TMINE’s about to take its traditional Christmas and New Year break. Normal business will resume on January 2nd with the Daily News et al.
But as usual, I’ll leave you with a specific question to keep you occupied in my absence: what were your favourite new shows of the year? Let everyone know your choices and the reasons below or on your own blog – or even on the shiny new TMINE Facebook page.
Every Friday, TMINE lets you know when the latest global TV shows will air in the UK
Christmas hasn’t stopped the acquisitions staff at various UK networks from rushing through some acquisitions, and the schedulers aren’t taking a break, either.
This week, 5Spike picked up History (US)’s inferior SEAL team drama Six, for broadcast in early 2018, while Channel 4 (and Walter) have picked up TV4 (Sweden)’s Rebecka Martinsson, which will air… some time.
America Ferrera (Ugly Betty) is a supervisor in a hypermarket and Ben Feldman (A to Z) is the new employee with airs and graces who finds her attractive but makes an immediate bad impression on her, which leaves her with little patience for him. The result is that he keeps making costly mistakes, such as marking everything as costing $0.25 rather than 25% less, resulting in Black Friday levels of customer in-fighting.
Without jokes, a comedy show is for naught, and while frequently it’s smart and comes perilously close to being funny and sometimes even witty, nothing ever really lands home, bar a joke about a cubic zirconium knock-off. Still, it’s better than Sky’s Trollied.
An everyday tale of an inbred family of Southeners, sticking by their own kind, obeying a stern family figure, living by their own rules, drinking moonshine, racing all over the place, breaking whatever laws they want while the cops try and fail to catch them. About as smart a drama as you can make about a family of 200 or so cousins, only one of whose members can read.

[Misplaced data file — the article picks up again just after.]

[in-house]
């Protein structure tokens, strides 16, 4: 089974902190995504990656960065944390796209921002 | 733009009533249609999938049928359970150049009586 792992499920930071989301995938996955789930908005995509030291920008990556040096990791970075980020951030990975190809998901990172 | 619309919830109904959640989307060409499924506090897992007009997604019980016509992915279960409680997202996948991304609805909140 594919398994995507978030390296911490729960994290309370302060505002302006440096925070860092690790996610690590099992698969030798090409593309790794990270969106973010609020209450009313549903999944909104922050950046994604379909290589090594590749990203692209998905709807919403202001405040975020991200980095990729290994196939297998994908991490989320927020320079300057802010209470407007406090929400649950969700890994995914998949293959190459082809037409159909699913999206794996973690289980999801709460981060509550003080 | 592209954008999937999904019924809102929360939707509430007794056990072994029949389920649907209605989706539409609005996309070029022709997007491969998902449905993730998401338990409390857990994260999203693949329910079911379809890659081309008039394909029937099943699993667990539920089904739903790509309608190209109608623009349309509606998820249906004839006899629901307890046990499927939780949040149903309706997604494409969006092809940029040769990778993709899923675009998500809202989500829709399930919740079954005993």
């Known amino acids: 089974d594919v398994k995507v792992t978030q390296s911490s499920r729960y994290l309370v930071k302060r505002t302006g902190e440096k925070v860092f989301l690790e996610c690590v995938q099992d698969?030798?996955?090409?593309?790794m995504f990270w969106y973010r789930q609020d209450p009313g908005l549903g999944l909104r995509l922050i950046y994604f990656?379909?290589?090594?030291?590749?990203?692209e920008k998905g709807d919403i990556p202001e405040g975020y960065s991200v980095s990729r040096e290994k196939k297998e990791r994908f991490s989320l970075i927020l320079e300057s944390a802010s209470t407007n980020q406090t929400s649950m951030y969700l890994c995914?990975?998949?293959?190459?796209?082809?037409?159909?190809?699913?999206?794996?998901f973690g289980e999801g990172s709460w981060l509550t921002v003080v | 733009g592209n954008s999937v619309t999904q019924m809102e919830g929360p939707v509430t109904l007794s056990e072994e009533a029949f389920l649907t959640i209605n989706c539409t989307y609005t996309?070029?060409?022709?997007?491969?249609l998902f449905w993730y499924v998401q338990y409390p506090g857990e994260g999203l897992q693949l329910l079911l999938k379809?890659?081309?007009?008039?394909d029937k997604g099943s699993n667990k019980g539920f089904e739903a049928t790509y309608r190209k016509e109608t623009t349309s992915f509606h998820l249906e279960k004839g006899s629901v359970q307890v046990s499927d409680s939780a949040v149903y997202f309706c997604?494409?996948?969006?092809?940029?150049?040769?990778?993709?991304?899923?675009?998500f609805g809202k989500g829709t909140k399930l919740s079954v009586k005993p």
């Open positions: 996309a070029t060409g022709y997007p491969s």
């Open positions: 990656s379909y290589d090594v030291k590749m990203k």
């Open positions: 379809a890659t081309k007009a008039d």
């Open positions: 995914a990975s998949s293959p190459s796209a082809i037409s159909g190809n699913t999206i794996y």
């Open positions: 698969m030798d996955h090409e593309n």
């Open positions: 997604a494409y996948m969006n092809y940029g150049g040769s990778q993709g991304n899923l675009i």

A look at the ‘underground railroad’ that helped slaves in the US to escape to freedom, usually in British North America (aka Canada). On the one hand, the show takes great pains to be as realistic as possible. On the other, it also takes great pains to be as ‘with it’ as possible, with flashy camerawork, a modern soundtrack, time jumps, slow motion, and dialogue that’s often no more than a decade old. I lasted an episode.
Mash up of of Murdoch Mysteries and Miss Fisher’s Murder Mysteries that sees Lauren Lee Smith (CSI, Good Dog, This Life, The Listener) playing the only female private detective working in 1920s Toronto. Jaunty fun, with the likes of Ernest Hemingway dropping by for a bit of flirtation, interspersed with female-empowering historicity, but let down by the singularly wet Lee Smith.
Seven Seconds (Netflix)
Premiere date: Friday, February 23, 2018
In a society fraught with racial tension, sensational headlines, and an audience who would rather be entertained than informed, seven seconds can mean life or death. The new Netflix original series Seven Seconds gives viewers a glimpse into the human stories behind the headlines.